The start of 2020 has undoubtably set the stage for dynamic changes in the real estate market, specifically in the greater Los Angeles area. One of the biggest changes will come from Assembly Bill 1482, which Governor Gavin Newsom signed late 2019 and has taken effect January 1st 2020. California is the third state to adopt a statewide rent control legislation of this kind, right behind New York and Oregon.

Distilled down, the bill will allow California to begin regulating how much rent can increase within the state, capping it at five percent (in addition to the local rate of inflation). It also implements “just cause” eviction rules created to combat rent gouging and landlords who force tenants to vacate in order to raise the rent on a unit. Unless voted to extend, the measure will be in effect for the next twenty years.

With a rising housing crisis in California and pressure on government to take action, this bill has left tenants and owners across the board asking how exactly the new bill will affect them and changes they can anticipate. The overall consensus is that Assembly Bill 1482 will protect tenants from having to endure extreme rent increases in what is already a high-priced market and prevent rent gouging by landlords.

That being said, the lengthy bill comes with a whole host of additional rules and details that both landlords and tenants should be mindful off. Primarily, under AB 1482, landlords must limit annual rent increase on apartment buildings that are 15 years or older to no more than five percent, plus local inflation (CPI), as previously stated. This 15-year period is a rolling period – so for example buildings built in 2006 won’t be covered until 2021, and so on. Keeping in mind that inflation is typically between 1.5 percent and 3.5 percent, the overall inflation rate never exceed 10 percent. In the case of landlords who attempted to increase rent prior to the January 1st date, the law will stand retroactive to March 15, 2019, offering further protections to tenants from any last-minute hikes.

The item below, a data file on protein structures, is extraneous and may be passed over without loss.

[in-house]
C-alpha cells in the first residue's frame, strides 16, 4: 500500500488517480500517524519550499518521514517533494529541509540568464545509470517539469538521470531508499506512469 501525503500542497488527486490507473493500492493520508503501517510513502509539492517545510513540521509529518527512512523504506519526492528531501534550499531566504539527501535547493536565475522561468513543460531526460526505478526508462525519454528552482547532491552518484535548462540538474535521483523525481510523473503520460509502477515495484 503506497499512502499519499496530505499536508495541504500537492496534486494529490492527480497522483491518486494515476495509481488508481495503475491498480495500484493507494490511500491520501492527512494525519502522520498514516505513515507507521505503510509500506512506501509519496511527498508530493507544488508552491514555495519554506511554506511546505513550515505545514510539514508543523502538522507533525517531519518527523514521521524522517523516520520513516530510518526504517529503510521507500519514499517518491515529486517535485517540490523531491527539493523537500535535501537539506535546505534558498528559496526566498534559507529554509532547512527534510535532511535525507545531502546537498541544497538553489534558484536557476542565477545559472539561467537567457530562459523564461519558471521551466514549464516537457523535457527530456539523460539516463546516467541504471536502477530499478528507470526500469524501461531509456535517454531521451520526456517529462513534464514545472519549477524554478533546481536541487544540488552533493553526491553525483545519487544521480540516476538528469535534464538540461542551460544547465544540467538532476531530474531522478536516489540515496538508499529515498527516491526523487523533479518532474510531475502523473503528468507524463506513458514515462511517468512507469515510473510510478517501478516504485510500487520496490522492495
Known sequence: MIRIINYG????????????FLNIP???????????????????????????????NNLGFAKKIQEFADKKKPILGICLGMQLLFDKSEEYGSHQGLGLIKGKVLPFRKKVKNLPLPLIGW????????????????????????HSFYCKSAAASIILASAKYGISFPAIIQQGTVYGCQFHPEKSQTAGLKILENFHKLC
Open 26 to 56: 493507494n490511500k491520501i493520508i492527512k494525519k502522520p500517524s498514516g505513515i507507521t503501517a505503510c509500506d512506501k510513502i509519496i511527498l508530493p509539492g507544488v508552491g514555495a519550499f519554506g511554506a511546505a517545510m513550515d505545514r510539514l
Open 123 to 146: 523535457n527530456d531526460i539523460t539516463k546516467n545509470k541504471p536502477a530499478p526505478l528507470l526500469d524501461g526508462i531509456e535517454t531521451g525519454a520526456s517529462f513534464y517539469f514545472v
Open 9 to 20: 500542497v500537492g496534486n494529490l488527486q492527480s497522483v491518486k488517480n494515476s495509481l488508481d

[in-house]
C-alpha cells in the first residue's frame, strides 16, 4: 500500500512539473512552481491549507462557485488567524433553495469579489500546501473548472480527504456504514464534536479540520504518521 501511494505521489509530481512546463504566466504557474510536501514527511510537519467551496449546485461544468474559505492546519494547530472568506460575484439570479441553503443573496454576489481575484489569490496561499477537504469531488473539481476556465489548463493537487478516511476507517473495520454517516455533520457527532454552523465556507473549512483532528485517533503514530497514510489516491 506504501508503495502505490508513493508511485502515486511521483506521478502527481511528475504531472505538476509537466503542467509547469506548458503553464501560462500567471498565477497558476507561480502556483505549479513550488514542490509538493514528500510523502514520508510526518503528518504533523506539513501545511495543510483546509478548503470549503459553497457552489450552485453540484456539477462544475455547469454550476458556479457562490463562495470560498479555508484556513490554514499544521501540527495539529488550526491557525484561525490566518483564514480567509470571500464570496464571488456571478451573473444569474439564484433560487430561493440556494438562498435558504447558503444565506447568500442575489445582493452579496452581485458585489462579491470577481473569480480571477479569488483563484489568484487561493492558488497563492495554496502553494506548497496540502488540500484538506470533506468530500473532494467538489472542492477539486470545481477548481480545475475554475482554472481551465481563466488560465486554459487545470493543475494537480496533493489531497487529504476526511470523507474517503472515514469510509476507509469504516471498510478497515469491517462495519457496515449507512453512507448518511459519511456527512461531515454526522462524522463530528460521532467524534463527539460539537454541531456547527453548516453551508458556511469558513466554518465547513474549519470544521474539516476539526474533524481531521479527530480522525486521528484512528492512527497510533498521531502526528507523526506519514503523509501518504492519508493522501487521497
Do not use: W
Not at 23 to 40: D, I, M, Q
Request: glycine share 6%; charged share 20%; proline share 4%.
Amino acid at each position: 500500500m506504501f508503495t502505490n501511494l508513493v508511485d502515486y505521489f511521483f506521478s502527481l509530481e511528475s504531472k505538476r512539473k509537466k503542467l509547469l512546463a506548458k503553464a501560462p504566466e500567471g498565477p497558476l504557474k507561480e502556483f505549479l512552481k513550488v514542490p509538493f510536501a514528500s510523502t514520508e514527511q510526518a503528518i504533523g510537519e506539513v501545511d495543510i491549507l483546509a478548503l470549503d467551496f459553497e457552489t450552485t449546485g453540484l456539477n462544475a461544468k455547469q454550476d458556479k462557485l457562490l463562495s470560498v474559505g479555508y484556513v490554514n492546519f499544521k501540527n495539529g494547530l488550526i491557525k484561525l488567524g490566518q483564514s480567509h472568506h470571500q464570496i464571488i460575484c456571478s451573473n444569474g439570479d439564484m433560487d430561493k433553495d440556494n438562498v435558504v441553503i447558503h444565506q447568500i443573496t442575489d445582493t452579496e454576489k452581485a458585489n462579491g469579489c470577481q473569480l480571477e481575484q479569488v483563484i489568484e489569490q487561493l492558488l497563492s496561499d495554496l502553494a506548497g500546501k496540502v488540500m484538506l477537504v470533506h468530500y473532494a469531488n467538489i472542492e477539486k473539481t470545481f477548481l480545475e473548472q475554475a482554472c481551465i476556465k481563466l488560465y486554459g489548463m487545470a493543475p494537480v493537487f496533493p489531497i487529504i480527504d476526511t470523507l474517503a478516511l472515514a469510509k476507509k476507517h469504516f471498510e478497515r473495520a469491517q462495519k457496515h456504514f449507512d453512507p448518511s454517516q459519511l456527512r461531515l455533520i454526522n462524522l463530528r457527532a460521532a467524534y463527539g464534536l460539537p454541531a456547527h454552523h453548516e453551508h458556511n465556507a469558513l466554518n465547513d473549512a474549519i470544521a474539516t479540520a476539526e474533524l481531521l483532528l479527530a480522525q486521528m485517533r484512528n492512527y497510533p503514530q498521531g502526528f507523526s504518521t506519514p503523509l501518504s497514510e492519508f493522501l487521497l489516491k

When it comes to the topic of tenant relocation, landlords will now be required to pay a relocation assistance fee to tenants evicted from regulated units. This applies both to conversions or renovations of units. Of course, if tenants meet the “just cause” criteria, including a breach of a lease or failure to pay rent, the rules will not apply in these certain cases.

The bill does preclude some properties, however; condominiums and single-family homes are exempt from the bill, unless they are owned by a corporation or real estate investment trust. Additional exemptions include duplexes where the owner lives in one of the units.

In regard to communities in the greater Los Angeles area that already have rent control laws in effect, AB 1482 will not override existing laws. It will however apply to properties not already covered by local regulations. Los Angeles County communities that have local rent control laws include Santa Monica, West Hollywood, Beverly Hills, Culver City, Inglewood, the City of Los Angeles, and unincorporated neighborhoods of Los Angeles.

It is worth noting that on the other side, economist and other policy experts have criticized rent control for reducing supply and quality of rental housing in the long-run. Many argue that landlords will convert apartments to into condo units, which are exempt as noted above. Additionally, more owners are considering selling their properties now that these mandatory caps have been placed on their revenue sources. Critics say that this is not a long-term solution and certainly not the one to solve the housing crisis in the greater Los Angeles area. Additionally, it de-incentives landlords to make the updates and repairs at the same rate they would in a more competitive market, leaving them more likely to do the minimum adjustments for tenants due to less financial motivation. While many landlords are already complaining about the bill, there is a sense that there will be more supply in 2020 due to the new regulations.

As we move in to 2020 many apartment building owners will start to realize the effect of AB1482. Lenders and experience brokers will make some adjustment in underwriting apartment buildings especially for those buildings which were considered “no rent control” just a couple of weeks ago.

Cody Cannon (Managing Director, Greater Los Angeles Region), James Malone (Senior Managing Director, Greater Los Angeles Region) and Caitlin Matteson (Research Director) are with Colliers International.Learn more at colliers.com.

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